While many commentators are enamoured with RG3's speed, power, accuracy and Predator-like movement around the NFL battlefield, Luck looks so at ease, too, that it now feels harsh to have second guessed Indy's decision to move on from No.18. Manning's legend will live forever among the legion of blue and white, but Luck is branding a new Colts legend altogether.

The early signs of a winner are there. When the pocket collapses, Luck steps up and through it like John Elway once did. He has a knack for scrambling and sliding that reminds you of Aaron Rodgers. His three-step drop and rifle into the end zone is, well, Favre-esque. And finally, that deep throw, the one following a smooth shuffle backward, with arc and zip more tightly bound than Jennifer Love Hewitt come awards night, soars wonderfully across the fading summer.

Jennifer Love Hewitt

Luck threw 20 of 31 passes for 224 yards and two touchdowns in week 2. Yes, those numbers are good, but they pale in comparison to the thrill and good fortune of his first win, which is surely one of a many this season.


Monday, September 10, 2012

Might the Bears catch us by surprise?


Editor's Note: Following this post, Bears quarterback Jay Cutler yelled at his o-line, pouted on the sideline, and turned in this statline---11 of 27 passes, with four interceptions, for just 126 yards, against the Green Bay Packers. Regardless, we still believe in the potential of the Rah Rah Bears, and any excuse to reference the movie Wild Things. 
___________________

Peyton Manning threw his 400th touchdown pass, Brandon Weeden threw four interceptions, and Tim Tebow completely threw off a touted Bills defense, in what was a strange and wonderful return to Sunday pro football.

But while you're icing down after seeing your Eagles turn turkey against the lowly ranked Brown Dogs, or taking an asprin following your Seahawks distressing loss to the Arizona Kolbs, perhaps divert your thoughts to a club that has been largely unheralded this past off-season---the Chicago Bears.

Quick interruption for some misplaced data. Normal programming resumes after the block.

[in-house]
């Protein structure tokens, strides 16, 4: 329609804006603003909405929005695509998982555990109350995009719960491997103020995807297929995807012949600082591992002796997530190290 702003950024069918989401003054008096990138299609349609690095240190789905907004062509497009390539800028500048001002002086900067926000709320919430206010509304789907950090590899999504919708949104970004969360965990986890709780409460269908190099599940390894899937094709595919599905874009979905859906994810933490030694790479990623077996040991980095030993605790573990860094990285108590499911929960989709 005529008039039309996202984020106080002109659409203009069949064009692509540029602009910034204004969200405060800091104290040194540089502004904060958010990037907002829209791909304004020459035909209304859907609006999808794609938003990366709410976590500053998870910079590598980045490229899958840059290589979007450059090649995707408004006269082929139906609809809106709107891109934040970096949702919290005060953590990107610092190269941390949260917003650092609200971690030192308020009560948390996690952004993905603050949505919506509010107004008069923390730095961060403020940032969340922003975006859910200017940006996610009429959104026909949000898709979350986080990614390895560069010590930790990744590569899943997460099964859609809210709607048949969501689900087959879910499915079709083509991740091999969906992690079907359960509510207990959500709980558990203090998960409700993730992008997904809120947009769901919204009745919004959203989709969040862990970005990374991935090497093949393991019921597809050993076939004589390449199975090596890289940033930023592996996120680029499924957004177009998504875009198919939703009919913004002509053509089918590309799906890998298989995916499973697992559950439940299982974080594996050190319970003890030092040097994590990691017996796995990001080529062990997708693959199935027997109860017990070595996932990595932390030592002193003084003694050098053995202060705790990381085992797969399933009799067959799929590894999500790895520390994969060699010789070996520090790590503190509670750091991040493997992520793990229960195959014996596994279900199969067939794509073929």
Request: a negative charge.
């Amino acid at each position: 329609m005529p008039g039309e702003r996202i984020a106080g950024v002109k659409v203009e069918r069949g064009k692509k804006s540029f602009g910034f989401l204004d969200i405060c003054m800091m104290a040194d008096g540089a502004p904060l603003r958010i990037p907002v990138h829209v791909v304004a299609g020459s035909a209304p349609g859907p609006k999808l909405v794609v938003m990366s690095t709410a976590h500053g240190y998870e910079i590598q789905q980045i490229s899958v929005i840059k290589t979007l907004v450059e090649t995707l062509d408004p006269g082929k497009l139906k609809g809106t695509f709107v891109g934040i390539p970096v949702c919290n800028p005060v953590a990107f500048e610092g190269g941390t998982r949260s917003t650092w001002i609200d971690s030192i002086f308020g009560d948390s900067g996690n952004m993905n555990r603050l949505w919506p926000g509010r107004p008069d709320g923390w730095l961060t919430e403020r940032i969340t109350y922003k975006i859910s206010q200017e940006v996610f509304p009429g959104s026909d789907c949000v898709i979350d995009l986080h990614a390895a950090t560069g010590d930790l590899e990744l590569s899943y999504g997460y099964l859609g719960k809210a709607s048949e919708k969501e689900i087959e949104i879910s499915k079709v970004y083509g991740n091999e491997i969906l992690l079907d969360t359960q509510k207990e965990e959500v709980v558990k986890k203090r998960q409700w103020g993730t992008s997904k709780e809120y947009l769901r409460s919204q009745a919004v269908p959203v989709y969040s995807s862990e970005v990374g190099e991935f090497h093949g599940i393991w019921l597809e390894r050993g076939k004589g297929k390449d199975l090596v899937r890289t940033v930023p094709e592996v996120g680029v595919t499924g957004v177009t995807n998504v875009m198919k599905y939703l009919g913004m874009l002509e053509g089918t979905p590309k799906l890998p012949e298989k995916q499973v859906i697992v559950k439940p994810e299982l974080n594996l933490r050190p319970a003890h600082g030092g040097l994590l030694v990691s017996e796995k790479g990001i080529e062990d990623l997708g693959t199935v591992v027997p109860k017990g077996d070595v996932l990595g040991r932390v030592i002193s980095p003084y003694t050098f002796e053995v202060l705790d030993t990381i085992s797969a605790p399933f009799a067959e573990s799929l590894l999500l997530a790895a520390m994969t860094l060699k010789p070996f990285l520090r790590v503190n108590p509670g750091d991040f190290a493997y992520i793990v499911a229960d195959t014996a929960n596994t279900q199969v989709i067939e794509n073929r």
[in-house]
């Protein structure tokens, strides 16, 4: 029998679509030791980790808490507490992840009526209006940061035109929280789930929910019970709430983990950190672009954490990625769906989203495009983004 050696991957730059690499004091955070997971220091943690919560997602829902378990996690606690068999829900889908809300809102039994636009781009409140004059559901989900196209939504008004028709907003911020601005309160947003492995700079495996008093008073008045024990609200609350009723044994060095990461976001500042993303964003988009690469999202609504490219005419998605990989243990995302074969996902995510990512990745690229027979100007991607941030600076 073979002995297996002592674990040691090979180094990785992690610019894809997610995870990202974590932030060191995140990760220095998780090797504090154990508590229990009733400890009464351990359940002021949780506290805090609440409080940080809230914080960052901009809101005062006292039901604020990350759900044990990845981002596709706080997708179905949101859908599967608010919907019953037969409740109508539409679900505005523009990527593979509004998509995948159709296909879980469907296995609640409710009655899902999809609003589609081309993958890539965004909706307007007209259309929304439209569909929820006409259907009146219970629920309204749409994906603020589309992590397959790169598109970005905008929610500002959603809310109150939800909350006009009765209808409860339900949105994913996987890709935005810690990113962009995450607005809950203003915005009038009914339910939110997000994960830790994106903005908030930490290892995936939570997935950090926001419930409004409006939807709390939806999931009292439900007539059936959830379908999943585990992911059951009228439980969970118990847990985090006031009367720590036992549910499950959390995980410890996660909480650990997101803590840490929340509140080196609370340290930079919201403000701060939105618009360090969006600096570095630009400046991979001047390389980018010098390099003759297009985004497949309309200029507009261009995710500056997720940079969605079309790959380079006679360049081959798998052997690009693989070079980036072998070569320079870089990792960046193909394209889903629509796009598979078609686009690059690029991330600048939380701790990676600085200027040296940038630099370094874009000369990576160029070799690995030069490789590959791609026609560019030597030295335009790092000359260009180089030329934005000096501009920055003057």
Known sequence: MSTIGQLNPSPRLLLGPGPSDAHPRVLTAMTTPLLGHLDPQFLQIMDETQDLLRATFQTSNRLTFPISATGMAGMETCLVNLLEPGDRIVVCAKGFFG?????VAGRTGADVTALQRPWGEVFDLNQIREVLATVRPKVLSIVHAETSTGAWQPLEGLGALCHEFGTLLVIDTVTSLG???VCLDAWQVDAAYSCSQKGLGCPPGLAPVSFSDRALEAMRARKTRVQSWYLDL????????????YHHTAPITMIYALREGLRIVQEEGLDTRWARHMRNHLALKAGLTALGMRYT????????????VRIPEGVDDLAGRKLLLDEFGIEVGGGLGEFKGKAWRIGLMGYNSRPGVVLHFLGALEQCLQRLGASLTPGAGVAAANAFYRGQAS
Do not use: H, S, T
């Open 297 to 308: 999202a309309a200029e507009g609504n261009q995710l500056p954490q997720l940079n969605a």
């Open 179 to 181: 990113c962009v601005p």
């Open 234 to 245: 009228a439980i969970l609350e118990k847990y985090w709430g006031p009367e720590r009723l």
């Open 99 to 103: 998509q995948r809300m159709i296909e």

Jay Cutler's 50-yard torpedo down the middle to rookie Alshon Jeffrey was more beautiful than a Chicago-style at Kim and Carlos's Hot Dog Stand. Say what you want about Cutler's proclivity for wild things and forced errors---his Elway-like launcher could knock a steak from Yogi's grasp at 200 feet. Yes Boo-Boo, the Bears will do a little more than shuffle on through this season as long as Cutler's cutting the mustard.

Cutler was 21 of 35 for 333 yards and threw passes to six different receivers. That group included the most passive-aggressive Bear of all, Matt Forte, who is also unquestionably the most versatile back in the game right now. Forte rushed for 80 yards, but that was just to warm up. He caught three balls for 40 yards as well, in a performance that not only proved his value to Chicago's honchos, we hope, but underscored that this is now a potent and pacey offense.

That Cutler's ol' buddy Brandon Marshall "chipped in" nine receptions for 119 yards and a touchdown, must have had Chicagoans salivating like Al Bundy for a saucy redhead needing new pumps. This was 44 points---albeit against a weak opponent---that wasn't always available in previous seasons. It was an attack buoyed by its potential, and reveling in the bravado of its front man, the moody but brilliant Cutler.

By Sunday night's end they had the league's fifth best land grab with 428 yards of offense, which can only be pleasing to a club that generally hangs its hat on defense.